Senator Oppenheimer Supports Plan To Reduce Health Disparities In Under-served Communities

Suzi Oppenheimer

March 29, 2007

State Senator Suzi Oppenheimer (D-Mamaroneck) today praised a new plan introduced by Senate Democrats to improve health care in under-served communities, stimulate local economies by helping startup businesses obtain health insurance and reduce the soaring costs of health care premiums by returning regulation of Health Maintenance Organization (HMO) rates to the State Insurance Department.

The Westchester lawmaker noted that HMO profits nearly doubled between 2001 and 2005, from $672 million to $1.3 billion, while HMO payment reimbursements decreased. At the same time, HMO premiums increased dramatically, outpacing increases in medical payments by more than $1 billion.

"My colleagues and I are simply asking the health care industry to do their part by reinvesting a tiny portion of its wealth to benefit working families and others currently falling through the health care safety net," Senator Oppenheimer said. "Frankly, it seems unfair and unconscionable that poor New Yorkers die each day from treatable conditions while HMOs rake in enormous profits."

TheSenate's Minorityproposal calls for the creation of two new funds – the Community Health Care Investment Fund and the Health Care Entrepreneurial Stimulus Investment Fund – with each fund receiving $35 million to be paid by HMOs based on their percentage of profits.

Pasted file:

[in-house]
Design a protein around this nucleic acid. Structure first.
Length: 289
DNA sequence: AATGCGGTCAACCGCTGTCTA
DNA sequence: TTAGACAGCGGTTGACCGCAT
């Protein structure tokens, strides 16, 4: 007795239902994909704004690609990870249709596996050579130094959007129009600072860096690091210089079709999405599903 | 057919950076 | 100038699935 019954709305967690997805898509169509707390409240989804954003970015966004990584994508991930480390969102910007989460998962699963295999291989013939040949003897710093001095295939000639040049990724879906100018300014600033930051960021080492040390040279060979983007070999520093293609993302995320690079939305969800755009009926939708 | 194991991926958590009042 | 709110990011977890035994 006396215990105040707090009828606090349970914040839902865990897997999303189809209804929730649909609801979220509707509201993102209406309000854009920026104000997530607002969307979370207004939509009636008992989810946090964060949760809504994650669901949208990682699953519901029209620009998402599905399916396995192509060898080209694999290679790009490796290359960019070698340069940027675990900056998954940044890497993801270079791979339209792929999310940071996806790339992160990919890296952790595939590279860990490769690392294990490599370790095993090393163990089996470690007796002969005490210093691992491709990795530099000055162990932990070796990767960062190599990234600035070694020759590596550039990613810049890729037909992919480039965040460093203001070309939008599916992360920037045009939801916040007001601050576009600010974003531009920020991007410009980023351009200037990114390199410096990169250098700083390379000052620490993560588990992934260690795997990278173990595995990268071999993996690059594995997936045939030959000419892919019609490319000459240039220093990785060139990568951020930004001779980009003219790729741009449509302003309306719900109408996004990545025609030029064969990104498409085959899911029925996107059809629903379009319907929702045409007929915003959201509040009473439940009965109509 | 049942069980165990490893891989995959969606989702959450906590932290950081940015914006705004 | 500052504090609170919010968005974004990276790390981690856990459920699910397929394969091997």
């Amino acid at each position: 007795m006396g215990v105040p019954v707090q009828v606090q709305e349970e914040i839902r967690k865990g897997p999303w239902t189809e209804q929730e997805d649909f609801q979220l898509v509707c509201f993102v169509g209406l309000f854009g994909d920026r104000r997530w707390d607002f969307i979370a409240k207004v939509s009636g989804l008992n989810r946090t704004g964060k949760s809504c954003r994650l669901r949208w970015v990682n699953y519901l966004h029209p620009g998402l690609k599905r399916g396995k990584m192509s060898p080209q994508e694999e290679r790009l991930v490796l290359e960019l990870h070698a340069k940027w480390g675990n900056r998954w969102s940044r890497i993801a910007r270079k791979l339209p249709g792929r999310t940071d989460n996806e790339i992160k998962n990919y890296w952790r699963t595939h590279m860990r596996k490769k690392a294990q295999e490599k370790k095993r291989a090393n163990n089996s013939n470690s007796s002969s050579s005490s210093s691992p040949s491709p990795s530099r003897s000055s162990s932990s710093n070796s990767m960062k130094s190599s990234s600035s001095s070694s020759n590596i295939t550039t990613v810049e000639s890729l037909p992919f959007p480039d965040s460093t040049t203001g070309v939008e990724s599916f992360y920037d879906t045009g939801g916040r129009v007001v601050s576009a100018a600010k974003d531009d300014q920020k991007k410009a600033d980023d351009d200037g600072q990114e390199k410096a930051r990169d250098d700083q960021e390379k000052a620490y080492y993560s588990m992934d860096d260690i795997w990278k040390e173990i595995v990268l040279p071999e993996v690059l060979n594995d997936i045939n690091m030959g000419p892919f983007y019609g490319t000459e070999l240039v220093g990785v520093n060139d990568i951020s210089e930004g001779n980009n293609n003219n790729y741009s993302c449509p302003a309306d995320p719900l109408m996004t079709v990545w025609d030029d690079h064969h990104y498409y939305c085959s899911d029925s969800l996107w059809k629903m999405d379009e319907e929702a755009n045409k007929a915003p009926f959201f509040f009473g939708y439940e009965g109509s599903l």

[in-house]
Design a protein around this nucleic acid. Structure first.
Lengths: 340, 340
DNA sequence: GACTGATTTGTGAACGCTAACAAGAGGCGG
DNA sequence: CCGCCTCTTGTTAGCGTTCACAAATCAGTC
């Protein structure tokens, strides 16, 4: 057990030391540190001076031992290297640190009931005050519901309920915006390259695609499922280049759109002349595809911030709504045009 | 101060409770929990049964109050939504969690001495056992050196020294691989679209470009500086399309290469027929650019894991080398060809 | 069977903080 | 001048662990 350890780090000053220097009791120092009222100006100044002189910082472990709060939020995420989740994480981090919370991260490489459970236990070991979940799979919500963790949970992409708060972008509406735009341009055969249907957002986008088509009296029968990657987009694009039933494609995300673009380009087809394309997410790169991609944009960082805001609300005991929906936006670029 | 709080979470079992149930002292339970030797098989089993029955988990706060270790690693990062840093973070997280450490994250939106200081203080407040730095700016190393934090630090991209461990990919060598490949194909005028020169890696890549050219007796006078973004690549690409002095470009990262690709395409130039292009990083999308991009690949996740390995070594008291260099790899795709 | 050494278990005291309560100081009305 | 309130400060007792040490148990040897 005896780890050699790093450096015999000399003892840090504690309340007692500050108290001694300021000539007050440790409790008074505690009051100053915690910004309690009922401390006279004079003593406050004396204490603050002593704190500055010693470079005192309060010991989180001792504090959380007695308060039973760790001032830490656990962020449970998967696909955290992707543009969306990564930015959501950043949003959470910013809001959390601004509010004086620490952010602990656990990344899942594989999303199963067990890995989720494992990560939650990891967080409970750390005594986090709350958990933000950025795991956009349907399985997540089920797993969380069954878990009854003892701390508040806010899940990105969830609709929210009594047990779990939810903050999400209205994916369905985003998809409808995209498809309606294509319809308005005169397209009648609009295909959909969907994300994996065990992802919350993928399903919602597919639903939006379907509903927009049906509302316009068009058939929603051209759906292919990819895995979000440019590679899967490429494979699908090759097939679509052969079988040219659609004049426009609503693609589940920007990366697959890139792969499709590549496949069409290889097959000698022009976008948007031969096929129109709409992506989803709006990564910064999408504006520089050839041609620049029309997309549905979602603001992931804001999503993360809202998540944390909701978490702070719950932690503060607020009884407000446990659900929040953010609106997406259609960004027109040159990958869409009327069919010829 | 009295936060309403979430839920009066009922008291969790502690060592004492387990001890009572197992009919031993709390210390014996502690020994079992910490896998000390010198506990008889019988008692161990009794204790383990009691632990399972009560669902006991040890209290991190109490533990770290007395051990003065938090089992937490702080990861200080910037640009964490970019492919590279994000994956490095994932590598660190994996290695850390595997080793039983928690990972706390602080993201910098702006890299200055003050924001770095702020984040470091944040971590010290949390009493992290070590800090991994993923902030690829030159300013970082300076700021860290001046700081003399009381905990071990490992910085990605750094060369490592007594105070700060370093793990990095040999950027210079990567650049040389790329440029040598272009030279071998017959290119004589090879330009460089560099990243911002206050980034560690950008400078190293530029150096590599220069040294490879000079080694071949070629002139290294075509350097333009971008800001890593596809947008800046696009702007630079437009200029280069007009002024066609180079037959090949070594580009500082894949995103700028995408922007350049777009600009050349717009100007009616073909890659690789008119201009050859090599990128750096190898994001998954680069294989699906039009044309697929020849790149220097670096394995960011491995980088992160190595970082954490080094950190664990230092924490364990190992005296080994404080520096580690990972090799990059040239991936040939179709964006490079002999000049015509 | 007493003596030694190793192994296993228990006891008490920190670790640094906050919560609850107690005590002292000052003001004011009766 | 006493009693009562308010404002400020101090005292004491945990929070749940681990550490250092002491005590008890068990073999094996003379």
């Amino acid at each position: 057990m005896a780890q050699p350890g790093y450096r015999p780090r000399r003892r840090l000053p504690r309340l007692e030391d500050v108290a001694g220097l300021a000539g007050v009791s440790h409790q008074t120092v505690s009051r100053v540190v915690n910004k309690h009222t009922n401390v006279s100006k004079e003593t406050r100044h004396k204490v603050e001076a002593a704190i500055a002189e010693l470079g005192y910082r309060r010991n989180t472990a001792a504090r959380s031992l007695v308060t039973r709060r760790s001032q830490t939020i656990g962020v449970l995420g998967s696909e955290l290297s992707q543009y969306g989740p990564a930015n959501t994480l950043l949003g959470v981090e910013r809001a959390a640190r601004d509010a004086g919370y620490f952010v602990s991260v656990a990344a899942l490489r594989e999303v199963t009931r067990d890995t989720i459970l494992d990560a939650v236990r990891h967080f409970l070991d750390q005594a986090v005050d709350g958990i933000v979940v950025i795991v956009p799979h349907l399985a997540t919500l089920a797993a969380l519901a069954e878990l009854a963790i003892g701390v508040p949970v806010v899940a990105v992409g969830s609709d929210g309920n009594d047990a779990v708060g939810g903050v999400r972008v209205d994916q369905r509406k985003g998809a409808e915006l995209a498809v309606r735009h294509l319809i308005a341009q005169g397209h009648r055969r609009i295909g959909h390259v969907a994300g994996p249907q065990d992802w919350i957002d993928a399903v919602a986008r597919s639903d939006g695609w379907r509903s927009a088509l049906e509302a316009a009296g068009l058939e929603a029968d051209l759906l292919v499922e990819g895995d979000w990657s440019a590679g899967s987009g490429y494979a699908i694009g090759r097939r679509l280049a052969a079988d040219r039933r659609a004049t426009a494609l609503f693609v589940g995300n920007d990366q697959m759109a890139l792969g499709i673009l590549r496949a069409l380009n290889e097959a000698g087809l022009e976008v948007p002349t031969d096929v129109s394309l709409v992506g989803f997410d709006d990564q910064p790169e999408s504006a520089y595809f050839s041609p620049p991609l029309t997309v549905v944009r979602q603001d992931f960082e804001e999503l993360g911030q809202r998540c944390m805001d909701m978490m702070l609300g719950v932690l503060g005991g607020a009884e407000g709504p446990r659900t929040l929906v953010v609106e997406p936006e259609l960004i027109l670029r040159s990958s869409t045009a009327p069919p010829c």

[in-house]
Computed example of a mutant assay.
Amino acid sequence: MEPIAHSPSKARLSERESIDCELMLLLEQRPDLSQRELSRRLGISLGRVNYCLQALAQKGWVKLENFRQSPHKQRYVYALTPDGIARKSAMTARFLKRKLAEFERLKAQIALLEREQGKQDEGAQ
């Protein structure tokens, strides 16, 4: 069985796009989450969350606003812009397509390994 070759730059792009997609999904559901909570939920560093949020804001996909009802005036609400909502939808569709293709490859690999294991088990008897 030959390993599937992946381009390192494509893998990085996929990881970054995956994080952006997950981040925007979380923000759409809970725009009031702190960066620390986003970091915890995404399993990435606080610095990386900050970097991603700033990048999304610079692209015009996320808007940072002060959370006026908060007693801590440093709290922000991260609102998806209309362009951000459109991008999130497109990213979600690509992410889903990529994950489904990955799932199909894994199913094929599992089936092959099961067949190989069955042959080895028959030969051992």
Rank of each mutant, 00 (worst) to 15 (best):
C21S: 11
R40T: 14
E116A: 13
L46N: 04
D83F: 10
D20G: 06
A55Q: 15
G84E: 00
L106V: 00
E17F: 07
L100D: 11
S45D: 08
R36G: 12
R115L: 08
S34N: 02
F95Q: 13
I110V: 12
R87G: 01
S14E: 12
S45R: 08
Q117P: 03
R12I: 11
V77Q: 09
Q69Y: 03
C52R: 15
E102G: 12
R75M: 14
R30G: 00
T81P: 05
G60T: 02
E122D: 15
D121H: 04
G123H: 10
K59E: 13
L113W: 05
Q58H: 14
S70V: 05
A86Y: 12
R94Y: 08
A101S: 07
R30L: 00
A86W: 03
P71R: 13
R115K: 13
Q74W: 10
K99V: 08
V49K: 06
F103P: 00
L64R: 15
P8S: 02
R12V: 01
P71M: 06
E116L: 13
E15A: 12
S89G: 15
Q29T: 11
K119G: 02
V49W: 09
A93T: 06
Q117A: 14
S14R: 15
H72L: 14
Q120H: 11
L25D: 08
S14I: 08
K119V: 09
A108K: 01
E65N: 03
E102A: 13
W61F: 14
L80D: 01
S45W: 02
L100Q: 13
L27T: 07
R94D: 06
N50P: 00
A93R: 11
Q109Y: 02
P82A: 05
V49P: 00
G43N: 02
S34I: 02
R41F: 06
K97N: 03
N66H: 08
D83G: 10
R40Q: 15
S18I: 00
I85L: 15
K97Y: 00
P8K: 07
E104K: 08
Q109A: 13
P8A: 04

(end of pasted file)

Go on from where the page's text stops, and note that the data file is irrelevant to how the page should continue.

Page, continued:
An HMOs profit investment obligation to the program would be based on its degree of profitability relative to other insurance companies’ profit margins.

Senator Oppenheimer said the proposal sprang from the Senate Democrats’ Task Force on Health Disparities. The initiative, which convened four roundtable discussions around the State between December 2005 and June 2006, received input from concerned consumers, health professionals, advocates, and academicians.

"It should come as no surprise that our poorer neighborhoods suffer unmet health care needs," said Senator Oppenheimer. "According to a report released by the New York City Departments of Health and Mental Health, more than 4,000 deaths would be prevented if the mortality rates in the poorest neighborhoods were lowered to the rate found in the wealthiest neighborhoods."

She added, "To me, few statistics are more disheartening than the fact that 400,000 of our children go without health care coverage today."

The New York State Community Health Care Investment Fund would be administered by the Department of Health. It would provide grants to eliminate health disparities identified by the Federal Center for Disease Control, specifically in the areas of infant mortality, cancer screening and management, cardiovascular disease, diabetes, HIV/AIDS and immunizations.

A second part of the Senate Democratic proposal, the Health Care Entrepreneurial Stimulus Investment Fund, would provide grants to startup entrepreneurs and to laid-off workers seeking to start their own businesses who are without health insurance and who qualify and sign up for the Healthy New York program.

Since 1999, HMOs have been permitted to charge whatever premiums they choose, without the approval of the State Insurance Department and with no requirement that rate increases be justified. The proposed legislation returns the regulation of HMO rates to the State Insurance Department. A measure would require public hearings before any rate increase of more than five percent is allowed.

"As part of a multifaceted approach to reforming New York’s health care delivery system, this law would drastically improve the health of our families, communities and small businesses," Senator Oppenheimer concluded. "These large, thriving health insurance companies have a moral responsibility to be part of the solution to New York’s health care crisis."